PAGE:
When I was asked a few weeks ago to write a blog for people interested in finding more information about foster care I was a little nervous. I am the first to admit that foster care, though I am an advocate of it, is an issue relatively new to me. I have friends and family who have adopted both domestically and internationally but I know few people who have been foster parents. So, I wasn’t sure where to start to provide you, the reader, with some valuable information.
I figured since my experience was limited I would ask others who have been working in this area to share their thoughts, resources and suggestions. I have gathered the very helpful information below. If you are interested in learning more about foster care or getting connected with a helpful organization the following resources should get you started on your path.
As we close our series on autism, I realize in many ways we have only just started to touch the surface of this area. For those who want to go deeper, we have gathered some resources that you may find helpful.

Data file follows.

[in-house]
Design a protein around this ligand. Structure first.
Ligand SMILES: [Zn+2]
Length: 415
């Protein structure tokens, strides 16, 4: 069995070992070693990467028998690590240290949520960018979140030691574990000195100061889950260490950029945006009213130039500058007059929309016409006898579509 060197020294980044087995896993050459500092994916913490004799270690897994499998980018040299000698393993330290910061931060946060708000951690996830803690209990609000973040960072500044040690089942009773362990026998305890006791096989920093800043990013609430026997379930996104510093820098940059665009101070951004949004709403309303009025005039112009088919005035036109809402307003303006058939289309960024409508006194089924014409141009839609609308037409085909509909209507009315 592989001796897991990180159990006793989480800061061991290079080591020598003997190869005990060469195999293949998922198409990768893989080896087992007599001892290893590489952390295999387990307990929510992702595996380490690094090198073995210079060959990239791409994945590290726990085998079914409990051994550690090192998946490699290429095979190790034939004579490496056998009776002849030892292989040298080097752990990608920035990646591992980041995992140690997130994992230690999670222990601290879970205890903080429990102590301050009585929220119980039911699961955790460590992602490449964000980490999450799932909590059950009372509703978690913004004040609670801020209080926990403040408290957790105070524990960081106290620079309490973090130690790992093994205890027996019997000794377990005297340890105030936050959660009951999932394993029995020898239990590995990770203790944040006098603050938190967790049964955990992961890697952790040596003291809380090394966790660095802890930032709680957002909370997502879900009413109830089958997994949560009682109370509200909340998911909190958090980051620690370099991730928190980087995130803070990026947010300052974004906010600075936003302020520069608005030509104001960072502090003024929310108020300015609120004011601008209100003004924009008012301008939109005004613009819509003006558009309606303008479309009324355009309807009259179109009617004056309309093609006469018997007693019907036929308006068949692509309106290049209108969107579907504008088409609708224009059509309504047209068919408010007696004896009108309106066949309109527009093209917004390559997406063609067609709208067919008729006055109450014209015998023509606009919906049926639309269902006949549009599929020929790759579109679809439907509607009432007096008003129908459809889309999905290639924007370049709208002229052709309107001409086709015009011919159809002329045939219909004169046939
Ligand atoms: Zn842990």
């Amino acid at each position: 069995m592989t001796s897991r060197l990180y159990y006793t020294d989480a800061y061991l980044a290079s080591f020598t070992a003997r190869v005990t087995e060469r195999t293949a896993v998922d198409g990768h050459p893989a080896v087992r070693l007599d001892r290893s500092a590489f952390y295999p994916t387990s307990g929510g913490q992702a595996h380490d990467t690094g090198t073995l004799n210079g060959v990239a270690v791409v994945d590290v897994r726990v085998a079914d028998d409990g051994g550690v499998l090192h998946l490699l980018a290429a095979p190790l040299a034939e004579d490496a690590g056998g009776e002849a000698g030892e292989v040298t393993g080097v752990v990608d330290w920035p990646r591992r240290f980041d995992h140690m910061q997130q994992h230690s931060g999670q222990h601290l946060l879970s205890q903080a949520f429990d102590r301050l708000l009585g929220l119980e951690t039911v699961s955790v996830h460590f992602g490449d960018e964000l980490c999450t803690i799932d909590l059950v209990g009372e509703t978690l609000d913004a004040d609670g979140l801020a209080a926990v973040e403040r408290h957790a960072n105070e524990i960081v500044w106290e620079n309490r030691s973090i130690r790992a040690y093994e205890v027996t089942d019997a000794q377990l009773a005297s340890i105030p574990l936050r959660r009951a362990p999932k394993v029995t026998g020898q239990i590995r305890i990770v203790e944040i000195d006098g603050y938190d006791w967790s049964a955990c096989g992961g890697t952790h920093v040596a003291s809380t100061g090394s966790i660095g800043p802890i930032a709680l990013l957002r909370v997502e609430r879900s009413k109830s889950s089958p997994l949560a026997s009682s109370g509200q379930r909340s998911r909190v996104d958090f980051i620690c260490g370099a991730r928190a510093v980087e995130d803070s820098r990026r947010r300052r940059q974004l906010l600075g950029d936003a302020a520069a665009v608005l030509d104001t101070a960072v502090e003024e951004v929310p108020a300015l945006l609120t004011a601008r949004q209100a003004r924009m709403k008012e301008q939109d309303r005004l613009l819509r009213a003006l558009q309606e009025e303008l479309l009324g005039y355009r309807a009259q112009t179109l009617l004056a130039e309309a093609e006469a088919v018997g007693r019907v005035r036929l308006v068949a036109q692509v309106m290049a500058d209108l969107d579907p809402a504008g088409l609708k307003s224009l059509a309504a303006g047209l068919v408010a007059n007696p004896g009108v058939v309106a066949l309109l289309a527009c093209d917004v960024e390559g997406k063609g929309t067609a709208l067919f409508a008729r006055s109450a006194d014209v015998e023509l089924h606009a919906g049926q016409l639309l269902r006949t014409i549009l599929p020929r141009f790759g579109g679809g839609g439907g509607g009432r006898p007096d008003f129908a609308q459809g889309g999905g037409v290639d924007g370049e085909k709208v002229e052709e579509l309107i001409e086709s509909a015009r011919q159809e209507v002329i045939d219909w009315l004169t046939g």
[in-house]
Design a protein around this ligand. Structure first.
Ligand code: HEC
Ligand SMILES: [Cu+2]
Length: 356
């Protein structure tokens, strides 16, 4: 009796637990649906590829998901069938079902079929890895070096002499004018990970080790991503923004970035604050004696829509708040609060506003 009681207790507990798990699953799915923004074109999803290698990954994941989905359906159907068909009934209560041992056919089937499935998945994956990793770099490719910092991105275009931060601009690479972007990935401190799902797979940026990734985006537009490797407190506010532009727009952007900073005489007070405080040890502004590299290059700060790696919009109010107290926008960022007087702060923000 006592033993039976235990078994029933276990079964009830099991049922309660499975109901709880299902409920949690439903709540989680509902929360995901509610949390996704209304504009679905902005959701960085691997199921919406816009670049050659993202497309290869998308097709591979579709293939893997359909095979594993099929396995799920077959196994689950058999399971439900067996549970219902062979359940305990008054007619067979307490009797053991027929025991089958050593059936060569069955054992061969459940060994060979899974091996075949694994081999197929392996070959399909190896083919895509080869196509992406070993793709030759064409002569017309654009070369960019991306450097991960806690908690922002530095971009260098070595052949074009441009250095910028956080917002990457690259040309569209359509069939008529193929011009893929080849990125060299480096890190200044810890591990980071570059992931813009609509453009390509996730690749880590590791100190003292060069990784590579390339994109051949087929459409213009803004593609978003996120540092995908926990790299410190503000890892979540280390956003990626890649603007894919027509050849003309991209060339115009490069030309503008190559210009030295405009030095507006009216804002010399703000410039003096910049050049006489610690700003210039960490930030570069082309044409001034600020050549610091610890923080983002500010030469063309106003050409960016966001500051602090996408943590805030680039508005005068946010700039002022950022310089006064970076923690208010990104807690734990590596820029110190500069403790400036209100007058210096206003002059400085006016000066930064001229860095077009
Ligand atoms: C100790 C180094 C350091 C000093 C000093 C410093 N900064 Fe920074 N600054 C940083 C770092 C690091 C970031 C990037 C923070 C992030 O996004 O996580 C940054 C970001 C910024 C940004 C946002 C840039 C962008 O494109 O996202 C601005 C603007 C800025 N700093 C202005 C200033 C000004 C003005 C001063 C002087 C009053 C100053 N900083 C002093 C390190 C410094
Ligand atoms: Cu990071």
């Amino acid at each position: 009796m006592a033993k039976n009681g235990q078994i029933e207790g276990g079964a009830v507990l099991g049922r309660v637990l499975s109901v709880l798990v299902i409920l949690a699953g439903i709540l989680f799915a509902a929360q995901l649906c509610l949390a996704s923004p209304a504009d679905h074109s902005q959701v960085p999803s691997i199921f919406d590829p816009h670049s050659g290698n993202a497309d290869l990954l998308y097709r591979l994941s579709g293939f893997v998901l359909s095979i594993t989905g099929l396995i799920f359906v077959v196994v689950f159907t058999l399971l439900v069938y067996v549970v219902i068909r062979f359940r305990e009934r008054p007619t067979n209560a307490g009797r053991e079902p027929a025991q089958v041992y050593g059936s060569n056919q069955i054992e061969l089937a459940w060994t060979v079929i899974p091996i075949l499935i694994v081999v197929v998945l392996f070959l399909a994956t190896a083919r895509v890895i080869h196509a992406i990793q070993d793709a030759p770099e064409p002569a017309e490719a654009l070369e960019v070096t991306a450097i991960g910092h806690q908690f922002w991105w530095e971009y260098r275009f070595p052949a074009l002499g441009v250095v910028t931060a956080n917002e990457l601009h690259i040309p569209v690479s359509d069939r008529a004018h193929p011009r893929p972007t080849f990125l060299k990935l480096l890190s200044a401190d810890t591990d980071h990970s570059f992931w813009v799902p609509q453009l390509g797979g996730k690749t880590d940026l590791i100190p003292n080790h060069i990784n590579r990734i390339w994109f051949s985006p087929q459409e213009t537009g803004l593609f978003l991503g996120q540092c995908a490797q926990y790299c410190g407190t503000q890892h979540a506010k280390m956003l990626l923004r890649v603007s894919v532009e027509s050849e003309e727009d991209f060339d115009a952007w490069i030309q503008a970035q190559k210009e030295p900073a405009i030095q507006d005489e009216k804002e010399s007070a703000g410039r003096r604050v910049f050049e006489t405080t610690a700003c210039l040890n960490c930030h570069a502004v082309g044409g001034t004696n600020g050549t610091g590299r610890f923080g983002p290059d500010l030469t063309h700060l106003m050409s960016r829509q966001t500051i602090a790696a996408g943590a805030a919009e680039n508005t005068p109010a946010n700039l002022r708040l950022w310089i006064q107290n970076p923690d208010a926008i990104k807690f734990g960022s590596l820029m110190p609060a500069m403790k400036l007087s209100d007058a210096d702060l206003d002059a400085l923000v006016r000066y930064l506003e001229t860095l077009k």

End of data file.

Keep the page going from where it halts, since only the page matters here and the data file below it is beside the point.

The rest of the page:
“Our desire is to love well. To allow our special needs kids the opportunity to hear God’s word in an environment where they can hear, touch and experience God’s saving grace.” – Theresa Messer, Hope Church, Mason Ohio
As we discussed in our opening blog this month, “Clueless”, going to church is one of the biggest challenges for families with special needs children in the US. No wonder 90% of families with special needs children are thought to be unchurched. With such a challenge confronting us how can the church respond?
The boy stood there, moving his arms in a rhythmic fashion, a bemused smile on his face. His mother watched from the corner of her eye, and the people were looking back and forth amazed. And then one person said to the mother, “Why do people give birth to children if they cannot take care of them? Why don’t you take more care of your child?” Tears formed in the eyes of the mother and she withered inside, but said nothing. She felt it was her karma for giving birth to an intellectually challenged child. As she shared this with me, she asked, “Will I have to listen to this kind of comment for the rest of my life?” I was quiet, for I had no answers. And I did not know if I ever would. I cried at the insensitivity of the people saying it, I cried at the pain the parents would go through in hearing the comments from people who did not understand. And I cried at the lack of awareness on the issue among the general public.